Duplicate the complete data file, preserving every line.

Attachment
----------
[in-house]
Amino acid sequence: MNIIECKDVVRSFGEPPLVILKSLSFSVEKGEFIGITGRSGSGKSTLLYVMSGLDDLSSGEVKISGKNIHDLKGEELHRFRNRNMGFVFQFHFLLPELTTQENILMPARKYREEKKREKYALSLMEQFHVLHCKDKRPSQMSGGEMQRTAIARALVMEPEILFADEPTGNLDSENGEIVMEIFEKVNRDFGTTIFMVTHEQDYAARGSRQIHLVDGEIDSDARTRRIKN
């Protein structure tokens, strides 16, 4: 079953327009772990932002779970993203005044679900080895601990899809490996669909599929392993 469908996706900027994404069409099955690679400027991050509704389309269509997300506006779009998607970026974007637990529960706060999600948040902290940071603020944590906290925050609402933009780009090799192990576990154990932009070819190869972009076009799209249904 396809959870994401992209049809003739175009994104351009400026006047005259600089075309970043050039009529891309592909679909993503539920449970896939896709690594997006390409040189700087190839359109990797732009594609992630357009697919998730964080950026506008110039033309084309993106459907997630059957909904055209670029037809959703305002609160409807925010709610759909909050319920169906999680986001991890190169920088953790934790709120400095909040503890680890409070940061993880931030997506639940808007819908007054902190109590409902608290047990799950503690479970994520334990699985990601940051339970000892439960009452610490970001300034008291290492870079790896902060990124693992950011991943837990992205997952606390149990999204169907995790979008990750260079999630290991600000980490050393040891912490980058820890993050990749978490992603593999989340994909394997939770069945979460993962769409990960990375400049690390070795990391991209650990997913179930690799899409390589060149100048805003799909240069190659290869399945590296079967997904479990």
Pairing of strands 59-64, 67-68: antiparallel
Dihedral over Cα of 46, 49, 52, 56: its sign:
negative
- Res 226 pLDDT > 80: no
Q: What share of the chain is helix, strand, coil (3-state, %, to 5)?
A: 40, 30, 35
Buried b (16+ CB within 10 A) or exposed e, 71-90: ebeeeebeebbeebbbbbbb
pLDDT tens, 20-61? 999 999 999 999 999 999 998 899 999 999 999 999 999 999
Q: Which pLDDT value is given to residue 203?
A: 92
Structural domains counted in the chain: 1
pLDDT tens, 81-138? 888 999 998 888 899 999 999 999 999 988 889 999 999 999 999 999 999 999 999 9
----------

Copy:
[in-house]
Amino acid sequence: MNIIECKDVVRSFGEPPLVILKSLSFSVEKGEFIGITGRSGSGKSTLLYVMSGLDDLSSGEVKISGKNIHDLKGEELHRFRNRNMGFVFQFHFLLPELTTQENILMPARKYREEKKREKYALSLMEQFHVLHCKDKRPSQMSGGEMQRTAIARALVMEPEILFADEPTGNLDSENGEIVMEIFEKVNRDFGTTIFMVTHEQDYAARGSRQIHLVDGEIDSDARTRRIKN
């Protein structure tokens, strides 16, 4: 079953327009772990932002779970993203005044679900080895601990899809490996669909599929392993 469908996706900027994404069409099955690679400027991050509704389309269509997300506006779009998607970026974007637990529960706060999600948040902290940071603020944590906290925050609402933009780009090799192990576990154990932009070819190869972009076009799209249904 396809959870994401992209049809003739175009994104351009400026006047005259600089075309970043050039009529891309592909679909993503539920449970896939896709690594997006390409040189700087190839359109990797732009594609992630357009697919998730964080950026506008110039033309084309993106459907997630059957909904055209670029037809959703305002609160409807925010709610759909909050319920169906999680986001991890190169920088953790934790709120400095909040503890680890409070940061993880931030997506639940808007819908007054902190109590409902608290047990799950503690479970994520334990699985990601940051339970000892439960009452610490970001300034008291290492870079790896902060990124693992950011991943837990992205997952606390149990999204169907995790979008990750260079999630290991600000980490050393040891912490980058820890993050990749978490992603593999989340994909394997939770069945979460993962769409990960990375400049690390070795990391991209650990997913179930690799899409390589060149100048805003799909240069190659290869399945590296079967997904479990």
Pairing of strands 59-64, 67-68: antiparallel
Dihedral over Cα of 46, 49, 52, 56: its sign:
negative
- Res 226 pLDDT > 80: no
Q: What share of the chain is helix, strand, coil (3-state, %, to 5)?
A: 40, 30, 35
Buried b (16+ CB within 10 A) or exposed e, 71-90: ebeeeebeebbeebbbbbbb
pLDDT tens, 20-61? 999 999 999 999 999 999 998 899 999 999 999 999 999 999
Q: Which pLDDT value is given to residue 203?
A: 92
Structural domains counted in the chain: 1
pLDDT tens, 81-138? 888 999 998 888 899 999 999 999 999 988 889 999 999 999 999 999 999 999 999 9